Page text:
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Afghan constitutional debacle
Question of the Day
The Taliban's wretched theocracy in Afghanistan succumbed to the U.S. military two years ago. Ordinary Afghan citizens wept with joy. But few shed the religious, tribal and ethnic based attitudes and practices that have defeated freedom, democracy and the rule of law in Afghanistan for millennia.
The draft Afghan constitution, released last month and fashioned under the guidance of the United States, celebrates religious intolerance and the supremacy of the Sunni sect of Islam. Benighted mullahs command greater constitutional standing than secular democrats.
The post-Taliban constitutional debacle should have taught the Bush administration a cluster of nation-building axioms: that political and social culture must be transformed before inaugurating popular elections and majority rule; that democratic-friendly cultural transformations require decades -- not years abbreviated by presidential politics -- of U.S. occupation and governance; and that tyranny by the majority is tyranny, not democracy.
But like the French Bourbons, the Bush presidency seems to forget nothing and learn nothing. Its Afghanistan folly has been repeated in Iraq, which each unfolding day there confirms.
The draft constitution denies equal justice under law to non-Sunnis and women. The preamble proclaims on behalf of the people of Afghanistan a belief "in the sacred religion of Islam." In other words, non-Muslims are subservient to the 85 percent Sunni Afghan majority.
Article 2 of the draft enshrines Islam as the official religion. Non-Muslims may practice their creeds only to the extent permitted under laws enacted by the Muslim majority in the National Assembly. The prospects of religious minorities are bleak. The history of Afghanistan is a history of religious intolerance. Shi'ite s, Christians, Hindus, Buddhists and other sects have been generally unwelcome and subjugated.
Article 3 condemns any law "contrary to the sacred religion of Islam." Accordingly, the Holy Koran, the Sunna and Sharia, as interpreted and applied by mullahs, are the supreme law of the land. A law that endowed women or non-Muslims with equal rights, for instance, would be unconstitutional.
Article 17 obligates the state to indoctrinate students in Islam, and to upgrade the "conditions of mosques, madrassasas and religious centers." Categorically rejected are the separation of church and state and evenhanded treatment of all religious sects embraced in the United States Constitution. Indeed, no popularly elected Afghan official or popular leader, past or present, has ever urged or praised freedom of religion in the manner of George Washington, James Madison or Thomas Jefferson.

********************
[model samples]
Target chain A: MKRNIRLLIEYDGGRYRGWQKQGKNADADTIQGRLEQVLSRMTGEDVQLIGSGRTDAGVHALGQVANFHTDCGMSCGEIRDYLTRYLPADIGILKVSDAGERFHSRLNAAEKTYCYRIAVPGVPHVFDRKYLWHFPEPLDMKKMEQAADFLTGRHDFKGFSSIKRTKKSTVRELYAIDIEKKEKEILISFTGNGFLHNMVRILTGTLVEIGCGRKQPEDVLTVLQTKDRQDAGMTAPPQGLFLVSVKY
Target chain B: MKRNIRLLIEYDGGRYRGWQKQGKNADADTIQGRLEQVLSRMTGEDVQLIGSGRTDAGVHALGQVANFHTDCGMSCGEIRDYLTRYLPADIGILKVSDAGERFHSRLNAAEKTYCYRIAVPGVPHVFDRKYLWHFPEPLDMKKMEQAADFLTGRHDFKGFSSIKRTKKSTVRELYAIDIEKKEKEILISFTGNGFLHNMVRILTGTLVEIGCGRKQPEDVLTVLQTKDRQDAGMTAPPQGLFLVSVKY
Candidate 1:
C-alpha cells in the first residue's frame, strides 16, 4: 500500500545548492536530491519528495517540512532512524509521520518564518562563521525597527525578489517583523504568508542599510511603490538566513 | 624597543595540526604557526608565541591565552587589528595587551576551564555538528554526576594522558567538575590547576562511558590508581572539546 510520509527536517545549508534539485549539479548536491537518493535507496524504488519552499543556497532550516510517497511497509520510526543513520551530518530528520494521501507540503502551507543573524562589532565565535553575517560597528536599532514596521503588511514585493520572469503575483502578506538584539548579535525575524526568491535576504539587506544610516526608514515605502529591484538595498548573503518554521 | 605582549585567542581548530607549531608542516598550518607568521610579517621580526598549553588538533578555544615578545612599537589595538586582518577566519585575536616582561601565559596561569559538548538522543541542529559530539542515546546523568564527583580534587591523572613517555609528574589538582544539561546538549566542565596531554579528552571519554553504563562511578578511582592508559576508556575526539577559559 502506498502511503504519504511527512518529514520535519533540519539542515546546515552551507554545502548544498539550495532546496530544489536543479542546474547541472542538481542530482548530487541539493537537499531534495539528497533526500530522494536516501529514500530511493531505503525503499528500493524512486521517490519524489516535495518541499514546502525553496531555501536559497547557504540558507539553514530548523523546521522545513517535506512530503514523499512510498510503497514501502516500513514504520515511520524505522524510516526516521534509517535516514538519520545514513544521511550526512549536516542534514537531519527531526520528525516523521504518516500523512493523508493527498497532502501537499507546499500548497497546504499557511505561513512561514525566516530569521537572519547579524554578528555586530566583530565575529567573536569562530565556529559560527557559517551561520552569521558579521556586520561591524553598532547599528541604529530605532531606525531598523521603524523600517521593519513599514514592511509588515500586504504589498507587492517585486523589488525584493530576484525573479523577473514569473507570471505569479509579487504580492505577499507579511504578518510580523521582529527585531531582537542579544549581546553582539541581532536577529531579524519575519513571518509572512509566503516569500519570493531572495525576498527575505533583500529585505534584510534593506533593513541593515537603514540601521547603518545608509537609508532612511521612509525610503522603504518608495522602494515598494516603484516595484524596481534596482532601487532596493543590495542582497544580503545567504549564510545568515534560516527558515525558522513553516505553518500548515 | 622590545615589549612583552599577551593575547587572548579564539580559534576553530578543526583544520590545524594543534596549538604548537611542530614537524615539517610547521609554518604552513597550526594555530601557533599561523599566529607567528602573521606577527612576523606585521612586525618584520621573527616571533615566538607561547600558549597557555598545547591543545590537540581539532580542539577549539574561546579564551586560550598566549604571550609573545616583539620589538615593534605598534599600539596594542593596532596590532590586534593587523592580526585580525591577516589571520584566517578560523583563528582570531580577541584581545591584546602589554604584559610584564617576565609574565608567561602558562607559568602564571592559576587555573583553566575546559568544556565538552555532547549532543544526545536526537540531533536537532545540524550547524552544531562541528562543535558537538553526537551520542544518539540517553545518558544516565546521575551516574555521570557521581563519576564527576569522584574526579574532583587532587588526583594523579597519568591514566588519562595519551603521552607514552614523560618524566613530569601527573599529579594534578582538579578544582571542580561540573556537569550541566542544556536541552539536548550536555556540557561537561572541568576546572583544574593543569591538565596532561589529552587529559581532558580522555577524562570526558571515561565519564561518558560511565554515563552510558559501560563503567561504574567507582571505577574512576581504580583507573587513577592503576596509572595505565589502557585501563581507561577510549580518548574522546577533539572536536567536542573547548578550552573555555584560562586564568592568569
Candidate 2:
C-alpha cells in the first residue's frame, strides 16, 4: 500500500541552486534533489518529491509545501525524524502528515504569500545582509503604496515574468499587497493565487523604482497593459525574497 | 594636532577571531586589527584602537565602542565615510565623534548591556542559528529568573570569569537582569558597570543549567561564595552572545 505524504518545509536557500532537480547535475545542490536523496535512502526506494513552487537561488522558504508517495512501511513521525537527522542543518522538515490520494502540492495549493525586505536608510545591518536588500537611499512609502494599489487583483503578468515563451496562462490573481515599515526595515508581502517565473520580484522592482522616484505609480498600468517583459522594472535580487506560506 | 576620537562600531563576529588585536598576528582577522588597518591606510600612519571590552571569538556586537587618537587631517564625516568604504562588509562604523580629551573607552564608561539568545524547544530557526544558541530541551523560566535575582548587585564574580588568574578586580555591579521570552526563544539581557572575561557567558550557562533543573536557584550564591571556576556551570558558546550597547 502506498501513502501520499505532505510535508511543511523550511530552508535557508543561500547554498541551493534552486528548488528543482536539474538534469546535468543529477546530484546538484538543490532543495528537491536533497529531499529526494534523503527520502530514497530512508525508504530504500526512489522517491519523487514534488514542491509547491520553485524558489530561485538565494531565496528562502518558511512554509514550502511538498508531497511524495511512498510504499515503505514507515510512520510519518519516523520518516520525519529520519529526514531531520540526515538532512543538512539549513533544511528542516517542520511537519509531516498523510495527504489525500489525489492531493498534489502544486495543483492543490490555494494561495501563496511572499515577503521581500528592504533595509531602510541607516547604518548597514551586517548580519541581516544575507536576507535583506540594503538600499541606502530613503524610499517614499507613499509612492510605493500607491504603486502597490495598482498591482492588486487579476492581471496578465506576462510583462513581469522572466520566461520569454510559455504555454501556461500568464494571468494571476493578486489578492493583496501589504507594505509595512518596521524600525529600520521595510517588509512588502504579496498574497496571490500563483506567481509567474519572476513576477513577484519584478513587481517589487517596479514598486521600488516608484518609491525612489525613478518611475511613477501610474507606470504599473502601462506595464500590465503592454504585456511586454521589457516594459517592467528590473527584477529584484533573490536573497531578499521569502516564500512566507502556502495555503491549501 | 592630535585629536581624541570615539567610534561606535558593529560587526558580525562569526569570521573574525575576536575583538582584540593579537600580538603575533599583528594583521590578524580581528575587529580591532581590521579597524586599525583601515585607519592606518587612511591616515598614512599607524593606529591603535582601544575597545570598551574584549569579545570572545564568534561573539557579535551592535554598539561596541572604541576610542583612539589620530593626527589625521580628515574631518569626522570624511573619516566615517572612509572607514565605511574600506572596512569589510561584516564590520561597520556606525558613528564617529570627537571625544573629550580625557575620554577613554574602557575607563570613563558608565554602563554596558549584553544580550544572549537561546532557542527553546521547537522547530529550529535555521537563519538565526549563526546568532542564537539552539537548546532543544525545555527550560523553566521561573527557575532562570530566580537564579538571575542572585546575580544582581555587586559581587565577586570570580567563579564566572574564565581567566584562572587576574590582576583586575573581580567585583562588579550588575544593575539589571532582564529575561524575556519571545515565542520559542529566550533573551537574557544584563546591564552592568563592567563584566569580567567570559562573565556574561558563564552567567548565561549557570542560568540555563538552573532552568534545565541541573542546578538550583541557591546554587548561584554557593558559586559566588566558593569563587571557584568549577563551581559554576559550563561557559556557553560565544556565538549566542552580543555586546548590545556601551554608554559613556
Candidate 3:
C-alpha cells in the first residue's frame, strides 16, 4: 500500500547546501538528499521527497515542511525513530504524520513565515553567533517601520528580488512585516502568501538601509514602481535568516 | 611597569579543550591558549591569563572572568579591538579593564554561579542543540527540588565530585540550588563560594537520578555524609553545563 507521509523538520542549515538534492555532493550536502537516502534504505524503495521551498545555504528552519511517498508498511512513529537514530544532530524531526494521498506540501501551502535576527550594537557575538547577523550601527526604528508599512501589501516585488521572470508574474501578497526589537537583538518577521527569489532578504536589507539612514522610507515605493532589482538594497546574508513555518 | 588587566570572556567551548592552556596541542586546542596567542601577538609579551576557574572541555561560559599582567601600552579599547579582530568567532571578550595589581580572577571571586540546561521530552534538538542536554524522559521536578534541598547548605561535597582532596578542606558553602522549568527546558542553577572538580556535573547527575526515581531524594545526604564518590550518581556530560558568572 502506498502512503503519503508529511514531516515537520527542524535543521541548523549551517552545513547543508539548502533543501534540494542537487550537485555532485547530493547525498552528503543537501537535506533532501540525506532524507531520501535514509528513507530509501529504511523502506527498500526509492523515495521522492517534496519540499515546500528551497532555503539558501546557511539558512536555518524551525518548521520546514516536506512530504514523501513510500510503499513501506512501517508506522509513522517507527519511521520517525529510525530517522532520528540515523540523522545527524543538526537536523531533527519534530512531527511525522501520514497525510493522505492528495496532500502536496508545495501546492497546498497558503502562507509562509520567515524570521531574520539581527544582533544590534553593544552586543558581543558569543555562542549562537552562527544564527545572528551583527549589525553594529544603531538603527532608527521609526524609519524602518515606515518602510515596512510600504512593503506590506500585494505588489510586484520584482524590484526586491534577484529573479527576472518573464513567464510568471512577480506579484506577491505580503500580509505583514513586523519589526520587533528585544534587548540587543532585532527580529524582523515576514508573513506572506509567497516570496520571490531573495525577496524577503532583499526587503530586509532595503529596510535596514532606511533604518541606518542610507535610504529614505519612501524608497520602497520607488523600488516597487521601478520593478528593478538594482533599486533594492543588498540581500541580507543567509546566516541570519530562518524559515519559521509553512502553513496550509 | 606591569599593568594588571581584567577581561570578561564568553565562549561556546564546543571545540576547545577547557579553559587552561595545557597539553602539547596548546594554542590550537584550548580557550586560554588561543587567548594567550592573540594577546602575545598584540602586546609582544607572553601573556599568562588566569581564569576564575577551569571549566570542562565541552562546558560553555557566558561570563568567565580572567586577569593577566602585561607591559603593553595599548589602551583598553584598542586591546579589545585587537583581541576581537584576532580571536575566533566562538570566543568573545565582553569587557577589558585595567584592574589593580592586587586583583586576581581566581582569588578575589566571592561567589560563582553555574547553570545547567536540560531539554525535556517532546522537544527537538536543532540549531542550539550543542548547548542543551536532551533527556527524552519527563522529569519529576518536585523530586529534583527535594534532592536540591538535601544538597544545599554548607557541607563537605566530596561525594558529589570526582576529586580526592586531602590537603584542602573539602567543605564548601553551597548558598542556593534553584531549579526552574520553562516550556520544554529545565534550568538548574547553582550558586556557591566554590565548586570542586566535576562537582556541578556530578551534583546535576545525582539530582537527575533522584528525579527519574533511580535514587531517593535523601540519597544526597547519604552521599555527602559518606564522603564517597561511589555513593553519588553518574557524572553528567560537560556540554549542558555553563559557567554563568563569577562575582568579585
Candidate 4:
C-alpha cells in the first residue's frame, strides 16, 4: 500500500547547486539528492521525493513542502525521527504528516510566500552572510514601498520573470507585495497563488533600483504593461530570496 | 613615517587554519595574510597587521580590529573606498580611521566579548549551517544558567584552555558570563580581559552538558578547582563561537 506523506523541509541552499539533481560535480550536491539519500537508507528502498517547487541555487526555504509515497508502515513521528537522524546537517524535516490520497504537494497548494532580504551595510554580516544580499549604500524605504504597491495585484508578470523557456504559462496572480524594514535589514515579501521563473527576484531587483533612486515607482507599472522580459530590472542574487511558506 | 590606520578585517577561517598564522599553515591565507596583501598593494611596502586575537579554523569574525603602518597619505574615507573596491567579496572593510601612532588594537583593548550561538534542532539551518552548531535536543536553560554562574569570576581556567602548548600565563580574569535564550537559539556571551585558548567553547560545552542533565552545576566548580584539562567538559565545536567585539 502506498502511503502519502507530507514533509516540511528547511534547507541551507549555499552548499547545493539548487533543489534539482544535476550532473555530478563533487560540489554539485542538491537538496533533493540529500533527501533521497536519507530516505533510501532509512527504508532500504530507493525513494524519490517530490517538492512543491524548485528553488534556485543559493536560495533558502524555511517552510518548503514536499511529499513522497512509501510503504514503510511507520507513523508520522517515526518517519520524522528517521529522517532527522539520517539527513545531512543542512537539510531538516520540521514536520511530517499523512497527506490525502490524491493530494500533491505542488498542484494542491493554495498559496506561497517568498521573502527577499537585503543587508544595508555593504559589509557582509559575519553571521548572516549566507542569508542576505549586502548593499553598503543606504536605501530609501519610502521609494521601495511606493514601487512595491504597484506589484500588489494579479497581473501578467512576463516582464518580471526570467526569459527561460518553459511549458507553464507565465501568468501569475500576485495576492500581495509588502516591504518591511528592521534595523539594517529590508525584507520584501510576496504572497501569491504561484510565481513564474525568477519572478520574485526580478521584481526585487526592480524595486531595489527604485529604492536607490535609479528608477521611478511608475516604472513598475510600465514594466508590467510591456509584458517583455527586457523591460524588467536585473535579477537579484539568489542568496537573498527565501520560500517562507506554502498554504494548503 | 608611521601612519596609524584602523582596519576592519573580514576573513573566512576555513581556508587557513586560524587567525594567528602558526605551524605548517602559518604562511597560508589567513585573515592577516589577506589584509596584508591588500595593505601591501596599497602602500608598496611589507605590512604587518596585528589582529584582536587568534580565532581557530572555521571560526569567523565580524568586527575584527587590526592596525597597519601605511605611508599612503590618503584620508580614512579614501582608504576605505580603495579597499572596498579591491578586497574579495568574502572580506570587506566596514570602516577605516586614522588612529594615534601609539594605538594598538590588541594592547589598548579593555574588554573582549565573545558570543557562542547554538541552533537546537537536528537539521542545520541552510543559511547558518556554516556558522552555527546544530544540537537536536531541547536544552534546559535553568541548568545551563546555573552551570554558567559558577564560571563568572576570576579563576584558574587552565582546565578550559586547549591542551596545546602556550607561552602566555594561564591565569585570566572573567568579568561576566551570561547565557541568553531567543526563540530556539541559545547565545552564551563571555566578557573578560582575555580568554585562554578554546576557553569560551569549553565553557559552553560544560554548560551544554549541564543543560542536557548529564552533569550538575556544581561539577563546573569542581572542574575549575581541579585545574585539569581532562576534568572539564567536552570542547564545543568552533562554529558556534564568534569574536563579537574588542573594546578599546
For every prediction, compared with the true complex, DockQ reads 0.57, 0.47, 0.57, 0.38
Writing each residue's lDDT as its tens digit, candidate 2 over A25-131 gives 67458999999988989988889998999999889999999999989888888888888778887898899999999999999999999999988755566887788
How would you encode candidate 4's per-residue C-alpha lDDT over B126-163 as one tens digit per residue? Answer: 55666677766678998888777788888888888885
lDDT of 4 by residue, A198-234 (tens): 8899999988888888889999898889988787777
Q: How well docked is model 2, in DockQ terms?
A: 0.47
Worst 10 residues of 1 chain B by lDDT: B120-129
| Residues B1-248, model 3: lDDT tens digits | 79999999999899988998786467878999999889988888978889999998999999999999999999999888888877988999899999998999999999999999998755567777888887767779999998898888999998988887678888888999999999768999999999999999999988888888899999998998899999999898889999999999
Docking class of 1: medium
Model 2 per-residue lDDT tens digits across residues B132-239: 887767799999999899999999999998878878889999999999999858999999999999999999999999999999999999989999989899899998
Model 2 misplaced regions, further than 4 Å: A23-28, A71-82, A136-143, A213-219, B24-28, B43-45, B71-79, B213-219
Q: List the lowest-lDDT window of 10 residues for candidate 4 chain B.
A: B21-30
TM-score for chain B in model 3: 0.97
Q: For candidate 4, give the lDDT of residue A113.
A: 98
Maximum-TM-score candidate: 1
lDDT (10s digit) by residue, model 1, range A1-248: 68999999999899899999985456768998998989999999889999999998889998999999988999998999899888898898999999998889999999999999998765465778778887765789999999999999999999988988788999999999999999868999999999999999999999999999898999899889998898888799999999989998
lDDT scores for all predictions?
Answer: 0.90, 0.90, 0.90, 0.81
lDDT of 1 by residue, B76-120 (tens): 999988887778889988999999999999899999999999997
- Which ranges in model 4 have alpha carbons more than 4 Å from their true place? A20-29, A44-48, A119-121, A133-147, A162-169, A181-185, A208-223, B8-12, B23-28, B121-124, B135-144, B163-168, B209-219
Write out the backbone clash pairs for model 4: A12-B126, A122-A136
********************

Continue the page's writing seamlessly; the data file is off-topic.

Article 35 suppresses political parties which dissent from "the sacred religion of Islam." Accordingly, to organize and to demonstrate peacefully for the purpose of amending the constitution to dethrone Islam from its privileged aerie would be illegal. All politics must bow to Islam. Article 45 similarly insists on Islam as the North Star in the classroom. It directs the state to "devise and implement a unified educational curriculum based on the provisions of the sacred religion of Islam" and to "develop the curriculum of religious subjects in schools on the basis of the Islamic sects existing in Afghanistan." Article 54 further declares war against opponents of Islam by enjoining the state to eliminate family customs or traditions "contrary to the provisions of the sacred religion of Islam." The latter frowns on such Western commonplaces as freedom of marriage, working women and coeducation.
Article 62 requires an Islamic litmus test for all presidential candidates; and, the elected president must swear to "obey ... the sacred religion of Islam. ... " Ministers must also swear to the identical oath under Article 74.
The judiciary is also made an instrument of Sunni Islam. Appointed by the president for 10-year terms, judges are to have higher education in "Islamic jurisprudence" and to swear support for "the provisions of the sacred religion of Islam," according to Articles 118 and 119. Article 130 directs judges to "follow the provisions of the Hanafi jurisprudence" and to "render a decision that secures justice in the best possible way" in the countless cases not directly addressed by the constitutional text.
Religious over secular law is again saluted in Article 131. Courts are mandated to apply Shi'ite jurisprudence in personal matters involving Shi'ites and in other cases in which all the litigants are followers of the Shi'ite sect.
At present, more than 19,000 delegates are selecting 500 members of a loya jirga for amendment and ratification of the draft constitution. Generally speaking, delegates have protested that Sunni Islam is slighted by the crumbs thrown to women and Shi'ites.
They need not fret. Culture invariably trumps constitutional text. Afghan culture depreciates women like white culture disdained blacks during Jim Crow. The handful of women delegates among the 19,000 must wear Islamic head coverings. They are segregated and denied copies of the proposed constitution. They must be escorted by a male relative at all election events. As reported in The Washington Post on Dec. 4, a lone female candidate for the loya jirga from Gardez related: "In my district, none of the women knew anything about the loya jirga, including me, and none of us was given a chance to read the constitution."
Bruce Fein is a founding partner of Fein & Fein.
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